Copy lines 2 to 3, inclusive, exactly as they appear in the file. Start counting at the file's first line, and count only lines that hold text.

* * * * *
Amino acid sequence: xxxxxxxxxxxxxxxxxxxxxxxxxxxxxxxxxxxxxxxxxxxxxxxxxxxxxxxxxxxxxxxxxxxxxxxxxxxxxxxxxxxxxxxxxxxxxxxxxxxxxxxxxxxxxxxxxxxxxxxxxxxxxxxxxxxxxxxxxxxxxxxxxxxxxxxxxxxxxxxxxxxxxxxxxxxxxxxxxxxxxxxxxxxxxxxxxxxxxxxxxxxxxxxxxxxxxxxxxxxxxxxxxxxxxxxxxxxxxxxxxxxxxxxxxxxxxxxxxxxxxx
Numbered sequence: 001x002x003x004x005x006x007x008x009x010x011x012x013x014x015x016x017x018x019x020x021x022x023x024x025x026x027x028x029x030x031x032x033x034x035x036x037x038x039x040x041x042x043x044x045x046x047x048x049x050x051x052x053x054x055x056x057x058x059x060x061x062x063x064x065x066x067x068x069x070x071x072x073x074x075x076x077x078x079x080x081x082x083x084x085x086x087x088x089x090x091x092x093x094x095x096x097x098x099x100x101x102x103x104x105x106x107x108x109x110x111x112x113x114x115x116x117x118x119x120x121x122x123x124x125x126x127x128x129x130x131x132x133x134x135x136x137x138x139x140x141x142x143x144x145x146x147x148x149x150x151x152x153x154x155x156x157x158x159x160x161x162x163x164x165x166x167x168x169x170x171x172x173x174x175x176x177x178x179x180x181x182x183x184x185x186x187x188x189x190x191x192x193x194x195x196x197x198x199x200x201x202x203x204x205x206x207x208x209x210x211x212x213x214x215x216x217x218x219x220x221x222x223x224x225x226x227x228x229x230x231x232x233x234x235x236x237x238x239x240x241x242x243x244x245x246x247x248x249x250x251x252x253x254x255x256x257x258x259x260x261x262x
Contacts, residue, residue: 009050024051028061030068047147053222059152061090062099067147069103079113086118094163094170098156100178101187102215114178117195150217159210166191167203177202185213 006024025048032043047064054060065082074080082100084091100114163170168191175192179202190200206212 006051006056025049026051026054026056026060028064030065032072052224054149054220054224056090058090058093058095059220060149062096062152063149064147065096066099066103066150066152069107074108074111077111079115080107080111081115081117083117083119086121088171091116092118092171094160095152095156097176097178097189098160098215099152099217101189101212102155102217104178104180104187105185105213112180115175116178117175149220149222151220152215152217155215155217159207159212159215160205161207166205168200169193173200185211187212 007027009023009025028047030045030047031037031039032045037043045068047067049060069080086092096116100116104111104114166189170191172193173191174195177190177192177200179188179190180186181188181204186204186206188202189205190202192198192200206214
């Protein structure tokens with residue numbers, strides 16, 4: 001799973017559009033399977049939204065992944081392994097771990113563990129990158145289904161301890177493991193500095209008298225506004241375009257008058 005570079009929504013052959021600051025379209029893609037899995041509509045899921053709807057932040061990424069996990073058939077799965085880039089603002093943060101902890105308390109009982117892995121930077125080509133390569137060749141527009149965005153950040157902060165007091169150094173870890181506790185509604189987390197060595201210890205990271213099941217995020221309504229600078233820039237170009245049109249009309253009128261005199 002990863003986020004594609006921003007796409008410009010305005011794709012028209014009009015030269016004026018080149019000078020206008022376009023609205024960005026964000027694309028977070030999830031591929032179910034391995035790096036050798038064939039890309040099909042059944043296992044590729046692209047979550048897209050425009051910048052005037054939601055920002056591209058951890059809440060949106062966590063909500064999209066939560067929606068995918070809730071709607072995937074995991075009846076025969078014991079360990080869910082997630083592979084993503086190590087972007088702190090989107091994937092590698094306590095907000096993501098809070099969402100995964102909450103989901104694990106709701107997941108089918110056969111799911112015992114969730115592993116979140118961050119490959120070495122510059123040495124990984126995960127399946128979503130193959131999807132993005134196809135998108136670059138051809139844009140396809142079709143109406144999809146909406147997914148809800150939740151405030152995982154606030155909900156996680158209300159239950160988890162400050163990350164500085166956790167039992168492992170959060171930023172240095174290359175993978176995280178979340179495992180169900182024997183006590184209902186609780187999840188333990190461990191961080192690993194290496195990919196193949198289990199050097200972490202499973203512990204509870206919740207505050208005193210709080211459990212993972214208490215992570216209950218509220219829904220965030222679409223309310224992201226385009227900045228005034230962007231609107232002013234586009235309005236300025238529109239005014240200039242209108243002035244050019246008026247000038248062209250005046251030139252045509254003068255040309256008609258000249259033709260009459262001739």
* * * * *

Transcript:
Numbered sequence: 001x002x003x004x005x006x007x008x009x010x011x012x013x014x015x016x017x018x019x020x021x022x023x024x025x026x027x028x029x030x031x032x033x034x035x036x037x038x039x040x041x042x043x044x045x046x047x048x049x050x051x052x053x054x055x056x057x058x059x060x061x062x063x064x065x066x067x068x069x070x071x072x073x074x075x076x077x078x079x080x081x082x083x084x085x086x087x088x089x090x091x092x093x094x095x096x097x098x099x100x101x102x103x104x105x106x107x108x109x110x111x112x113x114x115x116x117x118x119x120x121x122x123x124x125x126x127x128x129x130x131x132x133x134x135x136x137x138x139x140x141x142x143x144x145x146x147x148x149x150x151x152x153x154x155x156x157x158x159x160x161x162x163x164x165x166x167x168x169x170x171x172x173x174x175x176x177x178x179x180x181x182x183x184x185x186x187x188x189x190x191x192x193x194x195x196x197x198x199x200x201x202x203x204x205x206x207x208x209x210x211x212x213x214x215x216x217x218x219x220x221x222x223x224x225x226x227x228x229x230x231x232x233x234x235x236x237x238x239x240x241x242x243x244x245x246x247x248x249x250x251x252x253x254x255x256x257x258x259x260x261x262x
Contacts, residue, residue: 009050024051028061030068047147053222059152061090062099067147069103079113086118094163094170098156100178101187102215114178117195150217159210166191167203177202185213 006024025048032043047064054060065082074080082100084091100114163170168191175192179202190200206212 006051006056025049026051026054026056026060028064030065032072052224054149054220054224056090058090058093058095059220060149062096062152063149064147065096066099066103066150066152069107074108074111077111079115080107080111081115081117083117083119086121088171091116092118092171094160095152095156097176097178097189098160098215099152099217101189101212102155102217104178104180104187105185105213112180115175116178117175149220149222151220152215152217155215155217159207159212159215160205161207166205168200169193173200185211187212 007027009023009025028047030045030047031037031039032045037043045068047067049060069080086092096116100116104111104114166189170191172193173191174195177190177192177200179188179190180186181188181204186204186206188202189205190202192198192200206214